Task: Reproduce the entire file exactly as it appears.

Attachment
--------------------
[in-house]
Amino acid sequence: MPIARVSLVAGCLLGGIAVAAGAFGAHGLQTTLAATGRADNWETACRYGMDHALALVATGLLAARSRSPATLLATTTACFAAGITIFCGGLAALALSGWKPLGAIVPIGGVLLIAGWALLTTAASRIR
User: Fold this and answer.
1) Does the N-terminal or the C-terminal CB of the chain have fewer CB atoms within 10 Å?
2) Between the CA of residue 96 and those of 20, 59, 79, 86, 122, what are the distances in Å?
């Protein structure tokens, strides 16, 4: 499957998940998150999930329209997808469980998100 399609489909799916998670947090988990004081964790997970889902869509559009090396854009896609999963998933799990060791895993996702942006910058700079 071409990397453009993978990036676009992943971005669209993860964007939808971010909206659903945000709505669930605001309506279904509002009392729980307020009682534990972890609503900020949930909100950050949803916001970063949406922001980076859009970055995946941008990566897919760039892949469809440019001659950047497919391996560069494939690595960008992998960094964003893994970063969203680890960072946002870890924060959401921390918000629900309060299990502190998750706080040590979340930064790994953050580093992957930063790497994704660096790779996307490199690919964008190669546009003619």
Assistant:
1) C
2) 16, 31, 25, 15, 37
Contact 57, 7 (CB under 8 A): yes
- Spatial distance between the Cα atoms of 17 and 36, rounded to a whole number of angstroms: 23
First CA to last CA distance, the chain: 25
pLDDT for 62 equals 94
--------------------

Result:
[in-house]
Amino acid sequence: MPIARVSLVAGCLLGGIAVAAGAFGAHGLQTTLAATGRADNWETACRYGMDHALALVATGLLAARSRSPATLLATTTACFAAGITIFCGGLAALALSGWKPLGAIVPIGGVLLIAGWALLTTAASRIR
User: Fold this and answer.
1) Does the N-terminal or the C-terminal CB of the chain have fewer CB atoms within 10 Å?
2) Between the CA of residue 96 and those of 20, 59, 79, 86, 122, what are the distances in Å?
């Protein structure tokens, strides 16, 4: 499957998940998150999930329209997808469980998100 399609489909799916998670947090988990004081964790997970889902869509559009090396854009896609999963998933799990060791895993996702942006910058700079 071409990397453009993978990036676009992943971005669209993860964007939808971010909206659903945000709505669930605001309506279904509002009392729980307020009682534990972890609503900020949930909100950050949803916001970063949406922001980076859009970055995946941008990566897919760039892949469809440019001659950047497919391996560069494939690595960008992998960094964003893994970063969203680890960072946002870890924060959401921390918000629900309060299990502190998750706080040590979340930064790994953050580093992957930063790497994704660096790779996307490199690919964008190669546009003619």
Assistant:
1) C
2) 16, 31, 25, 15, 37
Contact 57, 7 (CB under 8 A): yes
- Spatial distance between the Cα atoms of 17 and 36, rounded to a whole number of angstroms: 23
First CA to last CA distance, the chain: 25
pLDDT for 62 equals 94